• You are also a member of CESAB’s scientific committee, how does the selection process take place?

My role within CESAB’s scientific committee brings me to regularly assess project proposals that have been submitted to the different calls for proposals, such as the DATASHARE, in which I’m more specifically involved. I thereby take part to the selection process of projects among a multidisciplinary panel of other scientists, which sometimes requires the help of external evaluators to help us in this uneasy task to classify projects, each one appearing more interesting than others. As a member of the scientific committee, I still have the possibility to apply to a call for proposals, but in that case, I am of course excluded from the selection process.



  • And tomorrow, any new horizon for research in forest ecology?

In my research perspectives, I’d like to look at micro-climatic processes such as those occurring at the water-forest interfaces, such as riverbanks, which are fragile ecosystems, yet very rich in biodiversity. The buffering power of riverbanks on air and water temperatures is well known, but is also threatened by climate change. Resistance and resilience of this thermic shield faced to climatic variations is a major issue for aquatic or semi-aquatic organisms, mainly ectotherms (fish, amphibians, insects), living in these ecosystems.


More information about Jonathan Lenoir



Last CESAB publications
  • [ACTIAS] Toro-Vargas DM, González C, Rougerie R & Amarillo-Suárez AR (2023) Characterization of morphological and biological aspects of venomous caterpillars of the genus Lonomia Walker (Lepidoptera: Saturniidae) in Colombia. PLoS ONE, 18, e0285010. DOI: 1371/journal.pone.0285010.


  • [BLUE JUSTICE] Blythe JL, Gill DA, Claudet J, Bennett NJ, Gurney GG, Baggio JA, Ban NC, Bernard ML, Brun V, Darling ES, Di Franco A, Epstein G, Franks P, Horan R, Jupiter SD, Lau J, Lazzari N, Mahajan SL, Mangubhai S, Naggea J, Turner RA & Zafra-Calvo N (2023) Blue justice: A review of emerging scholarship and resistance movements. Cambridge Prisms: Coastal Futures, 1, E15. DOI: 1017/cft.2023.4.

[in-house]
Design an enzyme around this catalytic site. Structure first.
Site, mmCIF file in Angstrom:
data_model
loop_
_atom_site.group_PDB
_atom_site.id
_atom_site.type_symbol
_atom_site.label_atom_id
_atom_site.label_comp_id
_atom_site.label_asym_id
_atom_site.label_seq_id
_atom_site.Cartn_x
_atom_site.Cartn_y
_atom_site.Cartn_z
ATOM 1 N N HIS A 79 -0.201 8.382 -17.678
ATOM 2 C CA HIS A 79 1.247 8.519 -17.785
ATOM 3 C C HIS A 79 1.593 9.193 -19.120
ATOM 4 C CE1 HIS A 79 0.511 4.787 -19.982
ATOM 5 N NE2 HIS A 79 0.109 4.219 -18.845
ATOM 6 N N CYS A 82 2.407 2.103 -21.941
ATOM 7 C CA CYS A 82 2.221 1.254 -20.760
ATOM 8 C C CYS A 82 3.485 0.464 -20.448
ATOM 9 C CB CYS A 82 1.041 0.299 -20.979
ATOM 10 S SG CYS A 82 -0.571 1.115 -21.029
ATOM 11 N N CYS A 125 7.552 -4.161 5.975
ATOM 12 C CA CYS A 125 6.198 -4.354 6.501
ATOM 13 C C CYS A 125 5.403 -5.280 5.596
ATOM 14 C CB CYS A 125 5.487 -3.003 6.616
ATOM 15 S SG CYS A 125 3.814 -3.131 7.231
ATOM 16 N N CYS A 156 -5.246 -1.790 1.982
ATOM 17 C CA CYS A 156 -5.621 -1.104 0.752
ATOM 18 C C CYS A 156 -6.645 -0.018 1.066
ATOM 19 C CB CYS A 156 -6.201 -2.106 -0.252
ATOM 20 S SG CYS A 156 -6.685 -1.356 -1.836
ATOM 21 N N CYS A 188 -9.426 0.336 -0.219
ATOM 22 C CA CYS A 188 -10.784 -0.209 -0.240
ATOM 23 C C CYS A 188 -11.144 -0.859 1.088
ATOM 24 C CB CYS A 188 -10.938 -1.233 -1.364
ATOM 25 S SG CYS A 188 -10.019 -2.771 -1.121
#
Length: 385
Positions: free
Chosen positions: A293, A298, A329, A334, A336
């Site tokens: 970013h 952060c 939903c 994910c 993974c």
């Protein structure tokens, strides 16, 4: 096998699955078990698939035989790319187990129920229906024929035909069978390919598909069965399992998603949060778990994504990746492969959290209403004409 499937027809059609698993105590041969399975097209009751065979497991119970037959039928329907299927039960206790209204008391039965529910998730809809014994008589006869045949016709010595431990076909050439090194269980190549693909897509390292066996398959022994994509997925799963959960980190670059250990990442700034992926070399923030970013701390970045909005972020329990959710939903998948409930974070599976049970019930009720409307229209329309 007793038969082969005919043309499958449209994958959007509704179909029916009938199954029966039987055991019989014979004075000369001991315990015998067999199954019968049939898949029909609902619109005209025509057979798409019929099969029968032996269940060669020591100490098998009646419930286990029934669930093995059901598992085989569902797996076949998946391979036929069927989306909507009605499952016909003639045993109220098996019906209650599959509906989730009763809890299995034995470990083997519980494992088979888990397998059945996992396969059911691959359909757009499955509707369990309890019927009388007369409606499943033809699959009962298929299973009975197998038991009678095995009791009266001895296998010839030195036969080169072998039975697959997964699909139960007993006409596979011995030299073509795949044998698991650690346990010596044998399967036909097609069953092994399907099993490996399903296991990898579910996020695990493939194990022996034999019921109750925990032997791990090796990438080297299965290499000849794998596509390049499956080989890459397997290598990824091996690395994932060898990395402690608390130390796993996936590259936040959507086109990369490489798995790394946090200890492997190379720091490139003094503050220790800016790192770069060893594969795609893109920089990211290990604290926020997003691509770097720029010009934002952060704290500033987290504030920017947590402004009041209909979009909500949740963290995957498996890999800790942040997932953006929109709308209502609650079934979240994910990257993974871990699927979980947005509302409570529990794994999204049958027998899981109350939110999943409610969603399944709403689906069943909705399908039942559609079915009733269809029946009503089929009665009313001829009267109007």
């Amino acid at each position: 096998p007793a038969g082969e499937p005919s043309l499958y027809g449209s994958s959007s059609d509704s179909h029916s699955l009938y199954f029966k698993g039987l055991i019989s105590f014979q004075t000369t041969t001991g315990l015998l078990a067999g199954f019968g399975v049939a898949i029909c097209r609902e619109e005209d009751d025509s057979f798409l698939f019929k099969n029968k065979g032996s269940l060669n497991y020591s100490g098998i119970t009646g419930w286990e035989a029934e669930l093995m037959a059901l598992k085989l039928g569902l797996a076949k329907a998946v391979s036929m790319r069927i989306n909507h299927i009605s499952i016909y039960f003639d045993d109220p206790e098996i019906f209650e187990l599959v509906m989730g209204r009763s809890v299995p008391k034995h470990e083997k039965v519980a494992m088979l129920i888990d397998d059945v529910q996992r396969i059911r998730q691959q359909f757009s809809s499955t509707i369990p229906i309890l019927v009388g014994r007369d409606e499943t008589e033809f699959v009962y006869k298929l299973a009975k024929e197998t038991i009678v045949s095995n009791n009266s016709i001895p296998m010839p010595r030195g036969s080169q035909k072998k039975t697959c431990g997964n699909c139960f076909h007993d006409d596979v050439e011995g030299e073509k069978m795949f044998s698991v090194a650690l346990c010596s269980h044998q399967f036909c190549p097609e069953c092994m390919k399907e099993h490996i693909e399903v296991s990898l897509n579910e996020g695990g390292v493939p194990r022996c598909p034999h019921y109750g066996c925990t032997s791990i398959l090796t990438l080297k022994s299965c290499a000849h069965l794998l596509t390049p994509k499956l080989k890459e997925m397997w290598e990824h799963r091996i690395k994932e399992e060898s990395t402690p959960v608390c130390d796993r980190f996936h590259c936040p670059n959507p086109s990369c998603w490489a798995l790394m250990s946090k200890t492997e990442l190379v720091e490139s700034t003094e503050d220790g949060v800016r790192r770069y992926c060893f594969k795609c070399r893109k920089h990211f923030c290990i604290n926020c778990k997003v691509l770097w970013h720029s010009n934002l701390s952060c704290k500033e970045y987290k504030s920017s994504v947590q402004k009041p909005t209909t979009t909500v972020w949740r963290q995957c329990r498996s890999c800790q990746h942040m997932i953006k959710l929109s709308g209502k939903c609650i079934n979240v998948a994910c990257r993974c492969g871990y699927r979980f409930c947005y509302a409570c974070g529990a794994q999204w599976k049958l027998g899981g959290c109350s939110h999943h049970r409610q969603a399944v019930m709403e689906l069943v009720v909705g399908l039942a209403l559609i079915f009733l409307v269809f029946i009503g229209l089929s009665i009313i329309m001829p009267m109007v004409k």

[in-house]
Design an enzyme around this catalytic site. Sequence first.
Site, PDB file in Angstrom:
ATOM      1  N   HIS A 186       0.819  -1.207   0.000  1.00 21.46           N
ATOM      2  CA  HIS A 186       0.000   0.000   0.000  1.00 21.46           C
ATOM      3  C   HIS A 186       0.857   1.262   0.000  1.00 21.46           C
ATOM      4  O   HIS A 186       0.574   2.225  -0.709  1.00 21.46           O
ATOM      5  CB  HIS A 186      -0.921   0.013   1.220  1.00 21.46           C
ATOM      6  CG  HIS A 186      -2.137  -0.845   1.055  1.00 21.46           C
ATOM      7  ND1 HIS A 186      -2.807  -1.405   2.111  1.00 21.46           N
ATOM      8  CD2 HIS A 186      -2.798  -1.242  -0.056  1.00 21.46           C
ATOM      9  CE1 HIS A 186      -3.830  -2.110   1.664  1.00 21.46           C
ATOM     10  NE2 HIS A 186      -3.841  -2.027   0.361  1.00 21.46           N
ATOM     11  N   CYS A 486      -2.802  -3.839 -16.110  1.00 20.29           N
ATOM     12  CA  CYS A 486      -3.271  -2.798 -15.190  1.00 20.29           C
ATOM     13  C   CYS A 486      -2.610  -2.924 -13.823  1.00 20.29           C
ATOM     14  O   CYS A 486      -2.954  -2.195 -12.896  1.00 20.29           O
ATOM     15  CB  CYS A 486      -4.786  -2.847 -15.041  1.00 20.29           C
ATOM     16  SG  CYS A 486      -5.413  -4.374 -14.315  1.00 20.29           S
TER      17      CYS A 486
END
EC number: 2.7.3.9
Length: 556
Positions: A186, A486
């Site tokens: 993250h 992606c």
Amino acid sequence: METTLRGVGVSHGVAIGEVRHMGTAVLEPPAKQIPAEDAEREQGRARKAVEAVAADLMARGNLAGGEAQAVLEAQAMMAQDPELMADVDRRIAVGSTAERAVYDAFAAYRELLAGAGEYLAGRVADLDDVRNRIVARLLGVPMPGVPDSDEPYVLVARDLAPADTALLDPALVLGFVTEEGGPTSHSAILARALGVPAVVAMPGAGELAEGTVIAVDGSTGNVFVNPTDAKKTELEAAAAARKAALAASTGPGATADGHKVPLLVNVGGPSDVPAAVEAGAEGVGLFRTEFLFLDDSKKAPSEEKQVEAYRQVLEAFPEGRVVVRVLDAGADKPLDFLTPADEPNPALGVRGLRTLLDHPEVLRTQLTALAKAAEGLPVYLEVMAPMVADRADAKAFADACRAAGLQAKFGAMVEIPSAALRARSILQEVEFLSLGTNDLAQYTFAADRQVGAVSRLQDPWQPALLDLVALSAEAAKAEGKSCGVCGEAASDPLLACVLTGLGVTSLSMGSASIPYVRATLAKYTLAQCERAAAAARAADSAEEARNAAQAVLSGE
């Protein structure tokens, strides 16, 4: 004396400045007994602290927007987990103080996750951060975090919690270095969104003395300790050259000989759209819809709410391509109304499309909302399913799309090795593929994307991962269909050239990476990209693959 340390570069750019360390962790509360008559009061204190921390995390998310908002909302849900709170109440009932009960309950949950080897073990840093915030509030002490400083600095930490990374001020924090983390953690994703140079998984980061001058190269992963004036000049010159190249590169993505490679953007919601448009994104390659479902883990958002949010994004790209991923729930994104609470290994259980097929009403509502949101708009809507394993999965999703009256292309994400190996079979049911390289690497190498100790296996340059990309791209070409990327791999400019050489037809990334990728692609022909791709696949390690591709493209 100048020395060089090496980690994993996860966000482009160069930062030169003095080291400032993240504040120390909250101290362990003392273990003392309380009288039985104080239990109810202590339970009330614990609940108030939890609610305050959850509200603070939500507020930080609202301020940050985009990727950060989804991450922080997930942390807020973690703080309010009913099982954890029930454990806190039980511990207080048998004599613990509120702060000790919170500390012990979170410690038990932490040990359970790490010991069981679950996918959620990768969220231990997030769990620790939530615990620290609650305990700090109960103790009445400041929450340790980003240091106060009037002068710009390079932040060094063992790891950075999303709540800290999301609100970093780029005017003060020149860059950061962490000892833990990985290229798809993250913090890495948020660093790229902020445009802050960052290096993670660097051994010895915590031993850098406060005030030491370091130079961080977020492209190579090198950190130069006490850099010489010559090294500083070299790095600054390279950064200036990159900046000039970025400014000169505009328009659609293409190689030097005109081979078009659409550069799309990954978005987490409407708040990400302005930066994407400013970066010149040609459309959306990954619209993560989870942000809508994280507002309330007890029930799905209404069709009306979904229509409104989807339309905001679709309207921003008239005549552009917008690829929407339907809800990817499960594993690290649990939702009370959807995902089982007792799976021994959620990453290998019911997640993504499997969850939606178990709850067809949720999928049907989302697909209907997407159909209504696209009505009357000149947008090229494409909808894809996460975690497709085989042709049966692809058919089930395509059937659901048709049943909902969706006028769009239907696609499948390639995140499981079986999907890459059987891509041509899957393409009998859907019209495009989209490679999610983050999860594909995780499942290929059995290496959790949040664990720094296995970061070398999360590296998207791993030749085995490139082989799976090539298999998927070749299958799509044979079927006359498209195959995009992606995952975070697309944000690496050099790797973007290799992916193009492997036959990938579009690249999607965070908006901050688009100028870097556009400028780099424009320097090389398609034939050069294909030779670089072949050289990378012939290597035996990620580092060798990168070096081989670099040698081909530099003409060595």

• [BLUE JUSTICE] Gill DA, Blythe J, Bennett N, Evans L, Brown K, Turner RA, Baggio JA, Baker D, Ban NC, Brun V, Claudet J, Darling E, Di Franco A, Epstein G, Estradivari X, Gray NJ, Gurney GG, Horan RP, Jupiter SD, Lau JD, Lazzari N, Lestari P, Mahajan SL, Mangubhai S, Naggea J, Selig ER, Whitney CK, Zafra-Calvo N & Muthiga NA (2023) Triple exposure: Reducing negative impacts of climate change, blue growth, and conservation on coastal communities. One Earth, 6, 118-130. DOI: 1016/j.oneear.2023.01.010.
  • [BLUE JUSTICE] Communiqué de presse Blue Justice : Justice bleue : un nouveau mouvement en faveur des communautés côtières, souvent exclues des prises de décision en matière de conservation.



  • [DIVERS] Helmstetter AJ, Zenil‐Ferguson R, Sauquet H, Otto SP, Méndez M, Vallejo‐Marin M, Schönenberger J, Burgarella C, Anderson B, de Boer H, Glémin S & Käfer J (2023) Trait‐dependent diversification in angiosperms: Patterns, models and data. Ecology Letters. DOI: 1111/ele.14170.  


  • [ISLETS] Barton KE & Fortunel C (2023) Island plant functional syndromes and competition with invasive species. Journal of Biogeography. DOI: 1111/jbi.14568.


  • [INTRACO] Girard‐Tercieux C, Maréchaux I, Clark AT, Clark JS, Courbaud B, Fortunel C, Guillemot J, Künstler G, Le Maire G, Pélissier R, Rüger N & Vieilledent G (2023) Rethinking the nature of intraspecific variability and its consequences on species coexistence. Ecology and Evolution, 13, e9860. DOI: 1002/ece3.9860.


  • [FISHGLOB] Thorson JT, Maureaud AA, Frelat R, Mérigot B, Bigman JS, Friedman ST, Palomares MLD, Pinsky ML, Price SA & Wainwright P (2023) Identifying direct and indirect associations among traits by merging phylogenetic comparative methods and structural equation models. Methods in Ecology and Evolution. DOI: 1111/2041-210X.14076.